• Nearly 45 per cent of the crashes that occur are single-motorcycle accidents, which indicates that the rider did something wrong … whether it was related to excessive speed, improper braking, being under the influence, etc., almost half the crashes fall under the responsibility of the motorcyclist.

  • The remaining 55 per cent involve one or more other vehicles. While two-thirds of these fall under the fault of ‘the other guy’ – the remaining third are the fault of the motorcyclist – so now we are close to 65 per cent of all crashes falling under the fault of the rider.

  • Finally, although two-thirds of the 55 per cent falls under the responsibility of drivers, many in the rider education/training industry believe there is enough evidence to indicate that half of those accidents could have been avoided (or the final damage reduced), had the motorcyclists taken proper actions prior to the situation occurring. Combining the stats, more that 82 per cent of the recorded crashes could have been avoided if motorcyclists had taken appropriate steps.
“Yes, we must always watch for ‘the other guy’, Gomo says. “But the numbers clearly show that we are killing ourselves. This is extremely alarming – information we’d rather not believe – yet the numbers are there.”

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Make your 2019 riding season a safe one with a refresher course

Yes, we must always watch for ‘the other guy’. But the numbers clearly show that we are killing ourselves. This is extremely alarming – information we’d rather not believe – yet the numbers are there.

Don Gomo, Empire State Motorcycle Safety Education Program president

Consider supporting the ESMSEP by Becoming a Member … WE DID. Every active member is automatically enrolled in raffle giveaways as part of the organization’s current membership drive, and there will be exclusive drawings for any member that joins during the months of March, April and May of 2019. Your membership not only includes you in the Special Drive Giveaways … it helps support Empire State Motorcycle Safety Education Program's goal to promote motorcycle awareness and the benefits of rider education for FREE to the motorcycling community through the group’s continued outreach program seminars.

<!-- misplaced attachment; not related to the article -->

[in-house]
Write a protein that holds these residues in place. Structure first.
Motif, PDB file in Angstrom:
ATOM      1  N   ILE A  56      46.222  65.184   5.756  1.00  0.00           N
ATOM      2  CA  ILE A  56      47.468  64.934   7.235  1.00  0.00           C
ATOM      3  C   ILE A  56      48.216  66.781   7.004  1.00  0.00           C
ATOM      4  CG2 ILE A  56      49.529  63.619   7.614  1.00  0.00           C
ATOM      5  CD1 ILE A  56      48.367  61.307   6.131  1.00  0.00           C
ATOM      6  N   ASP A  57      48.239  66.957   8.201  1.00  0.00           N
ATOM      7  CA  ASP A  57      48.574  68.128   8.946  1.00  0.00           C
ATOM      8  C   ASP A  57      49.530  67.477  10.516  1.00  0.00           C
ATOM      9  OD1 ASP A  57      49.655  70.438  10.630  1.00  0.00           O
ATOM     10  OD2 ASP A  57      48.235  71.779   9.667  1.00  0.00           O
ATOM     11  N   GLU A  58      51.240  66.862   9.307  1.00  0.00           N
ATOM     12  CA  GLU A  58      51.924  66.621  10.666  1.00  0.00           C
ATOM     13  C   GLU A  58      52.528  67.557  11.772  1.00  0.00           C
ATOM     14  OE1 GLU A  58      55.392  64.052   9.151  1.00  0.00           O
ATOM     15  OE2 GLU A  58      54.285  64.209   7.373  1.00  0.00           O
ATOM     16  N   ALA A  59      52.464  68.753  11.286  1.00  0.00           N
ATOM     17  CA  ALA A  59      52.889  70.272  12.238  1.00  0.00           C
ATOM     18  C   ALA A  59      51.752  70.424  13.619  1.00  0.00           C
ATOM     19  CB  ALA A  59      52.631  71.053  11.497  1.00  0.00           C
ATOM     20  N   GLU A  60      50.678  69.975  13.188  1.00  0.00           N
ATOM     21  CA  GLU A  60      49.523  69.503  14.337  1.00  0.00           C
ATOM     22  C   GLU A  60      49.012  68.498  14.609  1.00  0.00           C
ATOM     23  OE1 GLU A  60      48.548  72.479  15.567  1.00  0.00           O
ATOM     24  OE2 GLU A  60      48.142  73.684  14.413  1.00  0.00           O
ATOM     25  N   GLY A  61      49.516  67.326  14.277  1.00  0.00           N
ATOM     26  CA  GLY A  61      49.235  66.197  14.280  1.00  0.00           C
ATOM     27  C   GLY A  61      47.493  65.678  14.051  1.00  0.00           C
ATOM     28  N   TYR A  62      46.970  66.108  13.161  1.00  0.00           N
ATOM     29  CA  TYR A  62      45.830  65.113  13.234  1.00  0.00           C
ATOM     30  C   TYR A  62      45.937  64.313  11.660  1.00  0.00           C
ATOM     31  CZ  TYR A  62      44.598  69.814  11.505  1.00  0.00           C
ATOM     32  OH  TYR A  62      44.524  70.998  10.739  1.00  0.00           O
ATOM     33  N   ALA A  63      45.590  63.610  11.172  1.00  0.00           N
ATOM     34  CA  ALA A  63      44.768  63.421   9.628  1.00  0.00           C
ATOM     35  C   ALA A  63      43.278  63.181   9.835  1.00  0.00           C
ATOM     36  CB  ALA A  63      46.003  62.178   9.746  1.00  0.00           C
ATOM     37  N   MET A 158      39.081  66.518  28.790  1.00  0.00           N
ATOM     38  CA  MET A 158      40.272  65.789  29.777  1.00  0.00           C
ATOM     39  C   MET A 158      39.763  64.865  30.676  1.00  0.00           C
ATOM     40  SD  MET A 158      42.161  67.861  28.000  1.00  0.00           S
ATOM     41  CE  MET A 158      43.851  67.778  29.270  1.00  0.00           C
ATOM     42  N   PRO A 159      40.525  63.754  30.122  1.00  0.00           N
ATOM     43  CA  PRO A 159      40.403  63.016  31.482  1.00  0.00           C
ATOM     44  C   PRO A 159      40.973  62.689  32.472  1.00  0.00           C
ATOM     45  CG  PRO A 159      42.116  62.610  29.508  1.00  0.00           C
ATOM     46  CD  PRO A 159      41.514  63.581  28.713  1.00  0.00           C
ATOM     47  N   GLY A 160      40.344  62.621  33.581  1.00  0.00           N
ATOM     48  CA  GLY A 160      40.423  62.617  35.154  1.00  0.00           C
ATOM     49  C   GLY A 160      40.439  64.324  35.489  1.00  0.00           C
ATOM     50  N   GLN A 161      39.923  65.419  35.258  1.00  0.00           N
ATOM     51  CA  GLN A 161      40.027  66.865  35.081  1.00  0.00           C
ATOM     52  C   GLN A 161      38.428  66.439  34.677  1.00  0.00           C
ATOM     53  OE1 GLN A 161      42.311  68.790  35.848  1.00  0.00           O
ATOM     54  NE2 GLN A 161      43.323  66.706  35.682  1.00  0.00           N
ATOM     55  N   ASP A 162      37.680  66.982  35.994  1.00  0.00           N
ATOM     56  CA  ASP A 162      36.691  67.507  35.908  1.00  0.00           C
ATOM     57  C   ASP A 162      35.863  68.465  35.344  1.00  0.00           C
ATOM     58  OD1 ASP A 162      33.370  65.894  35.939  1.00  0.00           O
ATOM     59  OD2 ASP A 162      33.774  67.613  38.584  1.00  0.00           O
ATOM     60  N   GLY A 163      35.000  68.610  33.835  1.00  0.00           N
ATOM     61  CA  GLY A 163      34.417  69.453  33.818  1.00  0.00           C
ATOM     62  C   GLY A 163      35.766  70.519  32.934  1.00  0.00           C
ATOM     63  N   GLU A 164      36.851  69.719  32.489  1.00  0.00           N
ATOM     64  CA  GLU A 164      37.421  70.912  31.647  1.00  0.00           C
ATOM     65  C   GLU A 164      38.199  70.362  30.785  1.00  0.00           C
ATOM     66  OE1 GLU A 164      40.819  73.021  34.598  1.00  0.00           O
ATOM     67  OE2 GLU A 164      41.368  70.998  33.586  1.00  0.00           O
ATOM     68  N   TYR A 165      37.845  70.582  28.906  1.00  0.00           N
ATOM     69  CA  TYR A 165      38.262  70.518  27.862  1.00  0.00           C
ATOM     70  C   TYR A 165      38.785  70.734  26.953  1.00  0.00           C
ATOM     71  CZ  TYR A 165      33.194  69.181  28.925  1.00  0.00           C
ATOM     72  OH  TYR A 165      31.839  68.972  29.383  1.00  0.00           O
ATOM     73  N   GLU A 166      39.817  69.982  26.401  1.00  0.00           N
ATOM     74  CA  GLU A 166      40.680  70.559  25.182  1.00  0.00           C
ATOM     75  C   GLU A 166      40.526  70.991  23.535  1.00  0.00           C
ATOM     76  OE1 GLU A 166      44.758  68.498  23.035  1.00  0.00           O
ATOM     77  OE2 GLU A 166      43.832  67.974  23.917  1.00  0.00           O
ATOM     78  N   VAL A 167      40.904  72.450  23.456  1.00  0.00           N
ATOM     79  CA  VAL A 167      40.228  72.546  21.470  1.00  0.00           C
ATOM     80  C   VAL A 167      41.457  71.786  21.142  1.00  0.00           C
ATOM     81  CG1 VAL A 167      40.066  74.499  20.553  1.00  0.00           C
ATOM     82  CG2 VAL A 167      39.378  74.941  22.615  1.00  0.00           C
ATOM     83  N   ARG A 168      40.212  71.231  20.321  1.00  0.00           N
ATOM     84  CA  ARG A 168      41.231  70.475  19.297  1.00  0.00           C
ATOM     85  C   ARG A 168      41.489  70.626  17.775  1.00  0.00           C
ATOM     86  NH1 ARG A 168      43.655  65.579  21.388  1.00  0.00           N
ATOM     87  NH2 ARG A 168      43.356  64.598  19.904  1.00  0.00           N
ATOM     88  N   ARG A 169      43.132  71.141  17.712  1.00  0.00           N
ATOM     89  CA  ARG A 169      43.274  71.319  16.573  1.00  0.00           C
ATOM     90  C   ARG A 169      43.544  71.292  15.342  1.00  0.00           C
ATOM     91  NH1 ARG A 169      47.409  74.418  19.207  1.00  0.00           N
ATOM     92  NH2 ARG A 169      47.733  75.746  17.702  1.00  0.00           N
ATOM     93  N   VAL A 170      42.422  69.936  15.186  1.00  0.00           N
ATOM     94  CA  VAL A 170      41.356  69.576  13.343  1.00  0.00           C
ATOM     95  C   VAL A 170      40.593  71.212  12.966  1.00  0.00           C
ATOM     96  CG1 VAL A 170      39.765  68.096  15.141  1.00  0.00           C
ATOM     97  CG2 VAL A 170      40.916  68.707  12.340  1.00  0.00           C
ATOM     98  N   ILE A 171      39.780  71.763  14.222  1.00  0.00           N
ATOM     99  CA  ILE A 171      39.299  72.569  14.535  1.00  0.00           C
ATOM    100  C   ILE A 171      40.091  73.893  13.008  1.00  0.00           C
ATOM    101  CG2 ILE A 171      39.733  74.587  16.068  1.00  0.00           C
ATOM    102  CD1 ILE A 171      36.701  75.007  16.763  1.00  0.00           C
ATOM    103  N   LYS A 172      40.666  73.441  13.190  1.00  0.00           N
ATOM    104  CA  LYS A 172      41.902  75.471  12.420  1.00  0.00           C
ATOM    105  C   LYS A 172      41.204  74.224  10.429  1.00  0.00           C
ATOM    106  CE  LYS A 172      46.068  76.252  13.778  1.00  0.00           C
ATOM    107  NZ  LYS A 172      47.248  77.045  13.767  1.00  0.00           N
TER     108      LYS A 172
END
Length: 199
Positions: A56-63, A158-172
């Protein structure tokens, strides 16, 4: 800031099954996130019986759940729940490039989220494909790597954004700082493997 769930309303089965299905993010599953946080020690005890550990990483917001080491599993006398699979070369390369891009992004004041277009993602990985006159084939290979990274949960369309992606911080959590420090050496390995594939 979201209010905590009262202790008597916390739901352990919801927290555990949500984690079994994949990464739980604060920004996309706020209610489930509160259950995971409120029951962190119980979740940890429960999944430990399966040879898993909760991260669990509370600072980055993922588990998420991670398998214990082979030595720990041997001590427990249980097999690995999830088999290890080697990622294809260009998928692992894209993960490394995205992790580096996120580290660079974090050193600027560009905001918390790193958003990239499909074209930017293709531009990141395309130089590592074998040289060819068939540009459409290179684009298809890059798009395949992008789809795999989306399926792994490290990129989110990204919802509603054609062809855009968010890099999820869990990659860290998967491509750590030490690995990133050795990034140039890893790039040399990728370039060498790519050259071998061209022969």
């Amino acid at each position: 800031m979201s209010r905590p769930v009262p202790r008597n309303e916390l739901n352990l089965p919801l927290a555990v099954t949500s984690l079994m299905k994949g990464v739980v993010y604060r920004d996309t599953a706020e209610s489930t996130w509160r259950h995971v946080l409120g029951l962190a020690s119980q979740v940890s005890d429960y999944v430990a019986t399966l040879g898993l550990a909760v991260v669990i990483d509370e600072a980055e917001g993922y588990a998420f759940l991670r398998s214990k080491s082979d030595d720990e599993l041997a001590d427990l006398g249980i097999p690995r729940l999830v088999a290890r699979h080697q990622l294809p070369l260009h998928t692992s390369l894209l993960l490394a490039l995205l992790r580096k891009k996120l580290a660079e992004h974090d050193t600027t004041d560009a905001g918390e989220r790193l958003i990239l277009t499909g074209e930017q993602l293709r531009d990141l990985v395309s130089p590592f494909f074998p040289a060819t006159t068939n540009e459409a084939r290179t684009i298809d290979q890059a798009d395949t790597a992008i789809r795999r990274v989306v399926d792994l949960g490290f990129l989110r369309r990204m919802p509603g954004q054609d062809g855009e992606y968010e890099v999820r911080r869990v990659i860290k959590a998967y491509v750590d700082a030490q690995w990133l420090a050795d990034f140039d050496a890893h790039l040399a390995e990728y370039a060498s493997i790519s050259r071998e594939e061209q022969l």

And, in the interest of keeping riders safe, here are 10 things to seriously ponder.

Make your 2019 Riding season a Safe One | TOP 10 LIST | Don Gomo, ESMSEP - President

  1. CHECK YOUR EGO: Before we even look at our motorcycle, we should be looking ourselves over. Make sure you are ready to ride, and always keep your ego in check. As soon as you think to yourself, ‘I know how to ride’, you may be assuming some unwanted risk. An all too common expression often heard is, ‘riding helps me clear my head’. Don’t you think your head should be clear before you head out for that ride.

  2. When it comes to ‘experience’ we have to remember that it is not the same as skills. A person could have five, 10, 15, 20 years of experience, but, often, that equates to only one or two years of a skill level that has been repeated for all the years they have ridden. There has been no further education and no improvement. We need to remember that riding a motorcycle really isn’t that hard to do. Granted some people may require additional time/training to learn it, but if you have a sense of balance, coordination and some mental skills – you can learn to ride a motorcycle. The Russian circus can teach bears to ride a motorcycle, so it should not be that hard for a human to learn. But becoming proficient with skills and mental processing takes education.